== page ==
If Python finds a module package in sys.path, it looks there for all submodules, and does not check the rest of sys.path. For instance, say you have this on your filesystem:
/a/pythonlib/MyPackage/MyModuleA /b/pythonlib/MyPackage/MyModuleA /b/pythonlib/MyPackage/MyModuleB
And say this is your sys.path: ['/a/pythonlib', '/b/pythonlib']. Then you will never find MyPackage.MyModuleB, because when Python sees MyPackage in /a/pythonlib, it will always look there for submodules.
If you're trying to figure out how to print stack traces, use the traceback module. Just call print_exc() if you're in an except handler, or print_stack() if you're not. There are other functions that operate on specific exception/traceback objects; see the documentation. And the exc_info() function isn't documented very well. It doesn't return a traceback object; it returns a tuple the third member of which is a traceback object.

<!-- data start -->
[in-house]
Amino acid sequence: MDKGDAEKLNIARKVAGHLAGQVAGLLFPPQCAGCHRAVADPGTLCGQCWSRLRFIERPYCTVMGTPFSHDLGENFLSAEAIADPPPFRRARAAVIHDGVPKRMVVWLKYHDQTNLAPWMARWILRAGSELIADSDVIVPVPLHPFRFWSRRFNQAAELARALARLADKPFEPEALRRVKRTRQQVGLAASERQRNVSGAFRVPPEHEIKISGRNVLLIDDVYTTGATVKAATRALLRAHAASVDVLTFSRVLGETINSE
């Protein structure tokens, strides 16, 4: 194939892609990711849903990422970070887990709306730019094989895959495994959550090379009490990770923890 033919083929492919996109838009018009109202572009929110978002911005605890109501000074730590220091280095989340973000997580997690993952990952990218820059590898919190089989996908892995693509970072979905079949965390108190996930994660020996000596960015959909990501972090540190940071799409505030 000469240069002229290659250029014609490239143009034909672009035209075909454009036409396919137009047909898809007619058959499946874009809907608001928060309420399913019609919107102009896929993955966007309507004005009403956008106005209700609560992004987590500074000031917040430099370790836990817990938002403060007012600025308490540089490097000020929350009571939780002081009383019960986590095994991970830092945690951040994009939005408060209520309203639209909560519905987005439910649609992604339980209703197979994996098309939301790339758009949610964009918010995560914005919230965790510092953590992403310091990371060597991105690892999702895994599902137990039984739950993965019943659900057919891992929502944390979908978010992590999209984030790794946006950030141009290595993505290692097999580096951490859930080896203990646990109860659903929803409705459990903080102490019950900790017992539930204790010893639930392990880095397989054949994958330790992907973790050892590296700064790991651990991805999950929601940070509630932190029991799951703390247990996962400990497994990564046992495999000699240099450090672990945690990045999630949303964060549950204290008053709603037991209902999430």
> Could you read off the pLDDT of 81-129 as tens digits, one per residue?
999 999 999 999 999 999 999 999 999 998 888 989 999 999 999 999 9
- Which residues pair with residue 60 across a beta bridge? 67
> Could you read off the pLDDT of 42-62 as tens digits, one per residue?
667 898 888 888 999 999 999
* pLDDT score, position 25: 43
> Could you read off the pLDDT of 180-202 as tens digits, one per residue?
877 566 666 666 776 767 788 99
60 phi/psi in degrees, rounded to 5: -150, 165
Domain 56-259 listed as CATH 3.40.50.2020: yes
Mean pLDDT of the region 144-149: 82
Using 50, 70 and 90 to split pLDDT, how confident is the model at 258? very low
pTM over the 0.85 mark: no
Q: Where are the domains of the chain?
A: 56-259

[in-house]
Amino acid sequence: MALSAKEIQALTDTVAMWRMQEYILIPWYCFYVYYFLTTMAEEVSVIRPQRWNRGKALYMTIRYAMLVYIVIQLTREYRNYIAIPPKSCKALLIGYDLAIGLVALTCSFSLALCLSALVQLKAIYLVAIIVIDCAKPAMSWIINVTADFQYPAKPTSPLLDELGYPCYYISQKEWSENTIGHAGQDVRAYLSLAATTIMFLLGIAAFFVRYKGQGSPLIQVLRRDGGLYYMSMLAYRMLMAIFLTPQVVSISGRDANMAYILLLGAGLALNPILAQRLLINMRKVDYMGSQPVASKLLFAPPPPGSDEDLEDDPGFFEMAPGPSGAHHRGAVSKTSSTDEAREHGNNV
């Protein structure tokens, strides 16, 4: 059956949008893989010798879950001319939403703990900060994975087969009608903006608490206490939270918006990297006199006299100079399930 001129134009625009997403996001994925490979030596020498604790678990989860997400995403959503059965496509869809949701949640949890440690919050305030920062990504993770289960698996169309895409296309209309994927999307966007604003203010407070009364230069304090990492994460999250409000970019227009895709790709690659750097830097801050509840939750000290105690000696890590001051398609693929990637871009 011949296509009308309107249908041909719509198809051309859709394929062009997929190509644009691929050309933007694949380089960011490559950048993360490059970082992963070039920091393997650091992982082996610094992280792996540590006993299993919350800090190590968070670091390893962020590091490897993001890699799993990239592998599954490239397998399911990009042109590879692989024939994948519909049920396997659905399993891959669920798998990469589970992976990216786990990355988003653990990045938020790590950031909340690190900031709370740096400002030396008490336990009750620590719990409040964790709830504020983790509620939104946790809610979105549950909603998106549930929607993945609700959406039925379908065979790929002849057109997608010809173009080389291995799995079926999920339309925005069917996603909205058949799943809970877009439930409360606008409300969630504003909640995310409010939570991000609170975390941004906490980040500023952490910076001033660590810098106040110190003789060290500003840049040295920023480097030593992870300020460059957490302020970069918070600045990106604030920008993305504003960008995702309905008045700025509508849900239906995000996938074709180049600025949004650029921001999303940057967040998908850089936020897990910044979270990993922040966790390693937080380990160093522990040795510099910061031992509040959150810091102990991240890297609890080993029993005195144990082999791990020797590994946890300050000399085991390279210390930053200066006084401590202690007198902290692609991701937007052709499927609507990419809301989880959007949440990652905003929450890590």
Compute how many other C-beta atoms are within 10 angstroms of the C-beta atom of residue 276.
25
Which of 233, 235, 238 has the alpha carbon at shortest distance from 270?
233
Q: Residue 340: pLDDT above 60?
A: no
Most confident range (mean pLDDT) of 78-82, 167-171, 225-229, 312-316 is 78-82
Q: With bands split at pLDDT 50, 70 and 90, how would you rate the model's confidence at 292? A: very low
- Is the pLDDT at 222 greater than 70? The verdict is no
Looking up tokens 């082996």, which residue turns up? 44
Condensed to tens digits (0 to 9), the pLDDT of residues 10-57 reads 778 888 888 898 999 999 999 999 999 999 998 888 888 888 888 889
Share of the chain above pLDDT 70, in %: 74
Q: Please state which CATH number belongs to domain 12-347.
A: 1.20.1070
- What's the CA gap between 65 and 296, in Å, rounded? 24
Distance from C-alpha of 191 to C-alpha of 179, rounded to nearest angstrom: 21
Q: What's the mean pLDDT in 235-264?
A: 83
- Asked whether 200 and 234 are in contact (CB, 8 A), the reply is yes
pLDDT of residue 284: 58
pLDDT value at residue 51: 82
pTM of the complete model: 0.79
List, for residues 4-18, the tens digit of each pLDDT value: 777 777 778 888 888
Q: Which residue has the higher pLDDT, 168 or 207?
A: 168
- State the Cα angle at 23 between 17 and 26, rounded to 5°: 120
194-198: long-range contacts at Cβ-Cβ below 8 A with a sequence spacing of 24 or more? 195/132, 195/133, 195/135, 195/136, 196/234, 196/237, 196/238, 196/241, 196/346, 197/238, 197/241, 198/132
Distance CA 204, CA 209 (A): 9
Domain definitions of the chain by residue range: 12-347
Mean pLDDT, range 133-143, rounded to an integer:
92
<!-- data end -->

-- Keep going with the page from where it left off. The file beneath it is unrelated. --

If you want to format an exception for printing, you can do something along these lines:
try: a = b except: import traceback, sys print traceback.format_tb(sys.exc_info())
Append adds one element; extend adds many:
>>> a = [1, 2, 3] >>> a.append(4) >>> a [1, 2, 3, 4] >>> a.extend((5, 6, 7)) >>> a [1, 2, 3, 4, 5, 6, 7]
If you're seeing things printed twice:
This happens when one logger sends a message to a handler and then propagates the message to the root logger which also sends the message to the same handler. You can fix it like this:
[logger_root] level=INFO handlers=stream_handler [logger_mypackage.foo] level=DEBUG handlers=stream_handler qualname=mypackage.foo propagate=0
or like this:
[logger_root] level=INFO handlers=stream_handler [logger_mypackage.foo] level=DEBUG handlers= qualname=mypackage.foo
Note you *must* have a `handlers` key, but it can be blank.
The first approach prevents propagating the message up to the root logger. The second approach just avoids adding the same handler twice. The second approach seems more elegant, although I've seen the propagate=0 approach recommended online.